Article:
From a competition standpoint, one of the biggest (and most obvious) challenges for NHL players in the 24-team tournament will be trying to get up to speed as quickly as possible following such an unprecedented layoff.

Finding ice to skate during the self-isolation period of the NHL's suspended season was not easy. For example, Carter Hart couldn't recall ever going this long without taking the ice.

The 21-year-old goalie was back at Flyers Skate Zone in Voorhees, New Jersey, for a voluntary workout Monday during Phase 2 of the league's return-to-play plan. Hart was not able to skate much at all once the NHL stoppage started March 12 because of the coronavirus outbreak.

“It’s probably been the longest I’ve been off the ice ever in my whole life, being three months I think without skating, so that’s a pretty long time," Hart said to Flyers senior director of public relations and communications Zack Hill. "The first time you get out there and you just get on the ice again, just skate around, it’s a pretty good feeling.

“It felt great to get back out there, nice to see some of the boys are here. And just to get back on the ice, feel the ice again. I didn’t have much ice back home, so it’s nice to get out here, get into a rhythm and see some of the guys.”

Hart, who went 24-13-3 with a 2.42 goals-against average and .914 save percentage in his first full NHL season (albeit shortened), is gearing up for his first taste of the Stanley Cup Playoffs. It will be considerably different from the typical makeup of playoff hockey. The Flyers, along with the others in the 24-team field, have gone 100-plus days and counting since they last played a game, while the Eastern and Western Conferences will each play in a hub city with no fans.

 

Within the bracket, the Flyers hold a promising position as the Eastern Conference's fourth seed and with an opportunity to climb during the round robin. Thanks to a bye, a potential of any seed from Nos. 1-4 and the reseeding after the qualifying series, the Flyers have a chance at a slew of first-round matchups.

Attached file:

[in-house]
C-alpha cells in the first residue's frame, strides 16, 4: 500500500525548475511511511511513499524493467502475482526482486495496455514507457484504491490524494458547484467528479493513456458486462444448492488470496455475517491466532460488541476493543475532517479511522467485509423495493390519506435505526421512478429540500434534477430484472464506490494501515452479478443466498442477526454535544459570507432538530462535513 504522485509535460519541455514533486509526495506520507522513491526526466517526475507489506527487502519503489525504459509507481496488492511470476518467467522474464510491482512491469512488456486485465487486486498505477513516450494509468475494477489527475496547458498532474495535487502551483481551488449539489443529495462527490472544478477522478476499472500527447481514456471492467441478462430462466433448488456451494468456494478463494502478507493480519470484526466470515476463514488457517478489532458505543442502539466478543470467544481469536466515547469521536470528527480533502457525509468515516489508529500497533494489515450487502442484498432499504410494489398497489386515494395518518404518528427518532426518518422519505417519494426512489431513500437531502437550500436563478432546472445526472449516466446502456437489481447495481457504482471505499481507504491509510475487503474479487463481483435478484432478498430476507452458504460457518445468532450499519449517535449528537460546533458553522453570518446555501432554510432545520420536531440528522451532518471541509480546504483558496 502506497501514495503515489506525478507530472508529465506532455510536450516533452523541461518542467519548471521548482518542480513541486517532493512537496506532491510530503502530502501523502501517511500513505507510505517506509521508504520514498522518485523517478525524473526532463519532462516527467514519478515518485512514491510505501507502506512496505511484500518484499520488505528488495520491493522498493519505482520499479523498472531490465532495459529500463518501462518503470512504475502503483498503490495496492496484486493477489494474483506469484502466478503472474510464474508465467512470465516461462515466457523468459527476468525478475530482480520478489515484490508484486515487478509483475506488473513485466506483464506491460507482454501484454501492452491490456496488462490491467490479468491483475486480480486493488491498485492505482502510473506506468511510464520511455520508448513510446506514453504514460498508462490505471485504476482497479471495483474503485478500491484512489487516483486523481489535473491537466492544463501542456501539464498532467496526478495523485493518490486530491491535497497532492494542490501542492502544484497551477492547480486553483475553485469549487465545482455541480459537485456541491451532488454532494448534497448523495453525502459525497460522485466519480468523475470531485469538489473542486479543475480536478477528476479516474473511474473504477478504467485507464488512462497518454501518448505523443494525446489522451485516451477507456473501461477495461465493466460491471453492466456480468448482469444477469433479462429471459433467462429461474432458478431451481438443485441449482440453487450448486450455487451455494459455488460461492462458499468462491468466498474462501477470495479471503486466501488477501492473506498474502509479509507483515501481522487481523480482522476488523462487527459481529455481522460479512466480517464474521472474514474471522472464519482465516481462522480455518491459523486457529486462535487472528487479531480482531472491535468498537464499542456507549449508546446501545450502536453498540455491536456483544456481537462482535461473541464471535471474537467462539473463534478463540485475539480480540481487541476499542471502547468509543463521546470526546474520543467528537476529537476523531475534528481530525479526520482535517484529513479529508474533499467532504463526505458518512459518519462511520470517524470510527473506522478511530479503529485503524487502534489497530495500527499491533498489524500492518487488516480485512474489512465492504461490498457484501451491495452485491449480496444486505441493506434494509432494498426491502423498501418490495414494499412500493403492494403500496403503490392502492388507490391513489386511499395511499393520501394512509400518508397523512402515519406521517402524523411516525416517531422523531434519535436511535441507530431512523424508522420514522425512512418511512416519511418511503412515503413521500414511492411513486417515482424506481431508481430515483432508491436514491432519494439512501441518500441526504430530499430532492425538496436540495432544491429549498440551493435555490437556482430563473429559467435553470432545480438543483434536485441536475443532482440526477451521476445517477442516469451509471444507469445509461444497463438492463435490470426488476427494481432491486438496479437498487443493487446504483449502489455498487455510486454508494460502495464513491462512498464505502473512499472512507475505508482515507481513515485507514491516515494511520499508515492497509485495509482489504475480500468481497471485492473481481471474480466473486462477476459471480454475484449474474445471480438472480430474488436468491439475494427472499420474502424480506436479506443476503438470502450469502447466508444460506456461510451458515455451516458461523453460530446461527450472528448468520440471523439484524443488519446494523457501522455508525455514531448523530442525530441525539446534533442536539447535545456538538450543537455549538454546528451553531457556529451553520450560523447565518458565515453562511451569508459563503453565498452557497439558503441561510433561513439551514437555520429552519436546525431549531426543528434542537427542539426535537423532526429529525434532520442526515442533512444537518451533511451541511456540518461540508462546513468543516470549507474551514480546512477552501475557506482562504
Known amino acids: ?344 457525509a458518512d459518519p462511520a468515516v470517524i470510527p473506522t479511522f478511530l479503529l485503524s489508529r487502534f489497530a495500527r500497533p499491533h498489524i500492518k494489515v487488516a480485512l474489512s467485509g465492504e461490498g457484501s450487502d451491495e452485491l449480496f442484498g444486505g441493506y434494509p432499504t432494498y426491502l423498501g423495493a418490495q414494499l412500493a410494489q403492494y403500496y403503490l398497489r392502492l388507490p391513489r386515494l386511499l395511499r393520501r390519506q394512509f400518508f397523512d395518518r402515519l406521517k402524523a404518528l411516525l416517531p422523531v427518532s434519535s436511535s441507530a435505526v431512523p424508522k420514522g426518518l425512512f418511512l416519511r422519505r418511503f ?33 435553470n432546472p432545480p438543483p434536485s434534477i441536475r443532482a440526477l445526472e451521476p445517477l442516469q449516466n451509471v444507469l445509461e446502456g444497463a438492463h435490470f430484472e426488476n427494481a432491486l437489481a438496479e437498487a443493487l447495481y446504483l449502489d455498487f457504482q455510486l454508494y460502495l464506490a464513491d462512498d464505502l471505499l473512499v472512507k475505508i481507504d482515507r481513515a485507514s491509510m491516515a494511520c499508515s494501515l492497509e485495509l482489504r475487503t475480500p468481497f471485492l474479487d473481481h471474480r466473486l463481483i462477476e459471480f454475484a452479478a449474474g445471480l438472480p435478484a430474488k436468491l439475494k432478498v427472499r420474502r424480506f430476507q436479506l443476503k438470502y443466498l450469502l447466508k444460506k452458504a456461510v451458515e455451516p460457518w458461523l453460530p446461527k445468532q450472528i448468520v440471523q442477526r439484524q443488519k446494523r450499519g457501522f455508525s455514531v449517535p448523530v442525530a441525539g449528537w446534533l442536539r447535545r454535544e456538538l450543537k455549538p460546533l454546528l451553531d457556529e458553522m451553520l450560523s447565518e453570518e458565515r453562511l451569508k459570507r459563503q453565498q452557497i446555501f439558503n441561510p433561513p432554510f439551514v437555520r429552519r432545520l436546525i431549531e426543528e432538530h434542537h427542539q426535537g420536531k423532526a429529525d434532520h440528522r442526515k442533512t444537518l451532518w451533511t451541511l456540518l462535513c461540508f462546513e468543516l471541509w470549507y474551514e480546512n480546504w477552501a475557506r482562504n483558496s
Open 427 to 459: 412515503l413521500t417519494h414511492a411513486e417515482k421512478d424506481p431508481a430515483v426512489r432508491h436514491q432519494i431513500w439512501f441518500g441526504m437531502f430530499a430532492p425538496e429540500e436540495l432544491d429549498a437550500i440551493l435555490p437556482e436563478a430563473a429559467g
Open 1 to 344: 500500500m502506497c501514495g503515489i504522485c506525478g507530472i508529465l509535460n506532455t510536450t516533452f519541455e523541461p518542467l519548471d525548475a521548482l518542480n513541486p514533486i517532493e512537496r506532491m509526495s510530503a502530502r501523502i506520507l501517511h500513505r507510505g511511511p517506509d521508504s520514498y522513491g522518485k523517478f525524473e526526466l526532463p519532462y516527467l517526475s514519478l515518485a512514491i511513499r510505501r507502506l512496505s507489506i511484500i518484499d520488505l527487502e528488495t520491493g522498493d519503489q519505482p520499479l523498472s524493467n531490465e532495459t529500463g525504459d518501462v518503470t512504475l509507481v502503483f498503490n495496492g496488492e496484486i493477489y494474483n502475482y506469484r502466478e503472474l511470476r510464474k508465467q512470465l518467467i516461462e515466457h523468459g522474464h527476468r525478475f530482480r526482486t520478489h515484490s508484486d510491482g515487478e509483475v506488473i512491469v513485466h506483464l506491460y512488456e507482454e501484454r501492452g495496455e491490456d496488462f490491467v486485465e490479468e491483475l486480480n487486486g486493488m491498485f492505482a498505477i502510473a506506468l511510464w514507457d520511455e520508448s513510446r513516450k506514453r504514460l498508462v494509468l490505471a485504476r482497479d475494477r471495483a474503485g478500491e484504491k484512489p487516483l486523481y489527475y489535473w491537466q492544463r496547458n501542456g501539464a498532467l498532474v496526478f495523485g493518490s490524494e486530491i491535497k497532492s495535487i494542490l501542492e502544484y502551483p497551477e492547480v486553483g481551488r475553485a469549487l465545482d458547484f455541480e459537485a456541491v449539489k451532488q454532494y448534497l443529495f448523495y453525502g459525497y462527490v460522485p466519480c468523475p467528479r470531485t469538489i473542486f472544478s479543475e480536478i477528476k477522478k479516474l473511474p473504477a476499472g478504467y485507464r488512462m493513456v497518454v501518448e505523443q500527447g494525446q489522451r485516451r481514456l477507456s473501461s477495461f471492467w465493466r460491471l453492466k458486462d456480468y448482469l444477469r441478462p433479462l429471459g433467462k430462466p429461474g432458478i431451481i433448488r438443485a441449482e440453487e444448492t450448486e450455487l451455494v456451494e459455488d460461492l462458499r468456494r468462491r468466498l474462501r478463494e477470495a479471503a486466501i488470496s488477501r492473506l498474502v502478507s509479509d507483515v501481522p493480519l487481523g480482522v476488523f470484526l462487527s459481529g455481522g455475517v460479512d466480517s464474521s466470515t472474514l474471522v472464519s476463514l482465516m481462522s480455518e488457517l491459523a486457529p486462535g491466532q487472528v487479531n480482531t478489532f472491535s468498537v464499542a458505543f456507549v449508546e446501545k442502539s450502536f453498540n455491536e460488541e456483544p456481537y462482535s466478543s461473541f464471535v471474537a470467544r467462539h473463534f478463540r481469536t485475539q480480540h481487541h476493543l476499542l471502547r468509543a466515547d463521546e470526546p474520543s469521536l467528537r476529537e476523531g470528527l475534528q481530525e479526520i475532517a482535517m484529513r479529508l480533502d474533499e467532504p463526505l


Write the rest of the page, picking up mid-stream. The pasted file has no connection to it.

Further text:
“I know we have the right group here that’ll be ready to go whenever that is," Hart said. “When we do get the nod to go and play wherever that may be, we’ll be ready.”

What would be the ideal matchup for Hart? Let's go with the 11th-seeded Rangers, who face the sixth-seeded Hurricanes in the best-of-five qualifying round (see all matchups).

Hart is 3-1-0 with a 2.25 goals-against average, .921 save percentage (105 saves on 114 shots) and only five even strength markers allowed in four career games against New York. The Flyers allowed the NHL's fewest shots per game (28.7) during the regular season and Hart had to make 30 or more saves only seven times. When he allowed three goals or fewer, the Flyers went 23-7-3.

The Rangers were tied for 19th in the NHL with 31.1 shots per game (only one Eastern Conference team in the field had fewer — the Islanders at 29.6). The Rangers also surrendered the league's second-most shots per game with 34 and had only 12 wins when they outshot their opponent (the Flyers had 22).

When the Flyers are limiting shots by dictating possession, beating Hart becomes a tall order for the opposition because the young netminder is so steady and seldom yields the soft goal.

During the regular season, the Flyers went 3-0-0 against the Rangers, outscoring them 15-6. They held Hart Memorial Trophy candidate Artemi Panarin in check (no goals, three assists, minus-4). It was a good matchup for the Flyers — and it could be the best for Hart in the first round.

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